Factors affecting the use of feeders by garden birds: I. The positioning of feeders with respect to cover and housing

Publication Type:Journal Article
Year of Publication:1991
Authors:Cowie, RJ, Simons, JR
Journal:Bird Study
Volume:38
Issue:3
Date Published:1991
ISBN Number:0006-3657
Keywords:Carduelis, Carduelis chloris, Carduelis Spinus, Chloris, Chloris chloris, Cyanistes, Cyanistes caeruleus, Fringillidae, Paridae, Parus, Parus caeruleus, Passer, Passer domesticus, Passeridae, Spinus, Spinus spinus
Abstract:We investigated the effects of placing peanut feeders at different distances from hedgerow cover and housing on their use by garden birds. Food consumption at feeders adjacent to cover was approximately double that of feeders 7.5 m away. Blue Tits Parus caeruleus and particularly House Sparrows Passer domesticusshowed a strong tendency to use those feeders closest to cover, while further ones were used predominantly by Greenfinches Carduelis chloris. Feeders were also placed at 4 different distances from housing and food consumption increased with distance. The proportion of the total use made by Siskins Carduelis spinus was equal at all 4 feeders, but Greenfinches made increasing use of feeders the further they were from housing. We suggest how the siting of feeders may affect the species of bird that are attracted to them.We investigated the effects of placing peanut feeders at different distances from hedgerow cover and housing on their use by garden birds. Food consumption at feeders adjacent to cover was approximately double that of feeders 7.5 m away. Blue Tits Parus caeruleus and particularly House Sparrows Passer domesticus showed a strong tendency to use those feeders closest to cover, while further ones were used predominantly by Greenfinches Carduelis chloris. Feeders were also placed at 4 different distances from housing and food consumption increased with distance. The proportion of the total use made by Siskins Carduelis spinus was equal at all 4 feeders, but Greenfinches made increasing use of feeders the further they were from housing. We suggest how the siting of feeders may affect the species of bird that are attracted to them.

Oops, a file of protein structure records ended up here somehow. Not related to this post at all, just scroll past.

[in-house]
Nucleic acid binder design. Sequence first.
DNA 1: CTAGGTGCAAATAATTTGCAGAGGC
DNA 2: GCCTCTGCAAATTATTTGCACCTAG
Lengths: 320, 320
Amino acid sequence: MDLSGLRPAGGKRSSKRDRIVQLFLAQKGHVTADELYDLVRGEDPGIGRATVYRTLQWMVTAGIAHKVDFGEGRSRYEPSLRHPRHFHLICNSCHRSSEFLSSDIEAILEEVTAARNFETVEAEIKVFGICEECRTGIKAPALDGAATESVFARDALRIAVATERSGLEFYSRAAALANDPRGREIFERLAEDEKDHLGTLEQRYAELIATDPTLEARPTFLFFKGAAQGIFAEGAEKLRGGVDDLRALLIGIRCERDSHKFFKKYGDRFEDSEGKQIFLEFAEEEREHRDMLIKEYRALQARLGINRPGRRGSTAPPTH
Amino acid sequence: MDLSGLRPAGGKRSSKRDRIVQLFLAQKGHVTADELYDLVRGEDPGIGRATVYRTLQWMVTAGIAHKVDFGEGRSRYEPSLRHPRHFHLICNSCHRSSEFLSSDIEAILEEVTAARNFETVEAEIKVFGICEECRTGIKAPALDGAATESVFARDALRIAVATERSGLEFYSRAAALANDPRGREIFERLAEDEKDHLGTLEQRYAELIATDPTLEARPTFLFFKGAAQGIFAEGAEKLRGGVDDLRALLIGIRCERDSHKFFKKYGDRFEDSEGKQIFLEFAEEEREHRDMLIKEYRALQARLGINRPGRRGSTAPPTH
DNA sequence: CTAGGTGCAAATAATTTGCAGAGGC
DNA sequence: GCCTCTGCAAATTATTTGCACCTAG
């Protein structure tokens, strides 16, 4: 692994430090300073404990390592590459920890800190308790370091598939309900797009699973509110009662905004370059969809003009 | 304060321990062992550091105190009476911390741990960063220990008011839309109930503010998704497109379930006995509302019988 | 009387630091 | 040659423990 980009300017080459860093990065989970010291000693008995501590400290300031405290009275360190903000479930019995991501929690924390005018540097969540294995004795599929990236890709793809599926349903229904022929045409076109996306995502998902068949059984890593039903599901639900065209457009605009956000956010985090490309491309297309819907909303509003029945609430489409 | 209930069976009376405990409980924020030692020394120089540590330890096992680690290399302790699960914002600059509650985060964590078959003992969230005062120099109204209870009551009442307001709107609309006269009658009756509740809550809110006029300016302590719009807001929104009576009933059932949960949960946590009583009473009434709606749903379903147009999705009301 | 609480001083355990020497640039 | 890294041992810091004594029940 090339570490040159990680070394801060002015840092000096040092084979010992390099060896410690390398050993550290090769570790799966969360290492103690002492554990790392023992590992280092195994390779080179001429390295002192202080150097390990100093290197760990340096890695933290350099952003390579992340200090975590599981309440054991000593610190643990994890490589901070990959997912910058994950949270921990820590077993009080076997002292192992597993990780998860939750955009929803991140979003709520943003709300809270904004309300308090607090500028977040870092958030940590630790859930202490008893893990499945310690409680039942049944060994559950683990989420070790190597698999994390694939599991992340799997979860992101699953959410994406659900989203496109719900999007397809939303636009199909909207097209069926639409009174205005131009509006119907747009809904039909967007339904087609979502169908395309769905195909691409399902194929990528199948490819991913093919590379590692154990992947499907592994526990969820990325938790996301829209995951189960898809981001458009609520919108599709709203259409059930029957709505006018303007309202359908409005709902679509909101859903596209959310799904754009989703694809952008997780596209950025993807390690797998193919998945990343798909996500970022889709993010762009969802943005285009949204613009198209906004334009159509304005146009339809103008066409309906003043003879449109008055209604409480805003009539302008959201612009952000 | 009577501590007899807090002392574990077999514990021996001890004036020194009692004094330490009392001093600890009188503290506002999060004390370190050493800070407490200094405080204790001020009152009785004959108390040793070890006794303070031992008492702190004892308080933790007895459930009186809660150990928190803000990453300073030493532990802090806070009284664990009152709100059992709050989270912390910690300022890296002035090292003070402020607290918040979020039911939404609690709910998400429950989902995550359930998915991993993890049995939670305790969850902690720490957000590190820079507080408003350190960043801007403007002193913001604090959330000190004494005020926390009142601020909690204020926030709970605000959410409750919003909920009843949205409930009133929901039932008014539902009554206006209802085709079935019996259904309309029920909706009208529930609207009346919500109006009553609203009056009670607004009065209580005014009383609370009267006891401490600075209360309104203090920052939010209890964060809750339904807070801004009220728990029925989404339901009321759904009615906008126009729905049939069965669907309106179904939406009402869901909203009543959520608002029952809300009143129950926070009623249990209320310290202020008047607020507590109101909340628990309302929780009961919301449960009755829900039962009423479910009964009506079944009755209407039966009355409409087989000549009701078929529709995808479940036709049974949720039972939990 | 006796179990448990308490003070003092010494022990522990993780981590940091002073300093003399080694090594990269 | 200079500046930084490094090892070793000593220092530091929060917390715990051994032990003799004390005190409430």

URL:http://www.tandfonline.com/doi/abs/10.1080/00063659109477083
Short Title:Bird Study
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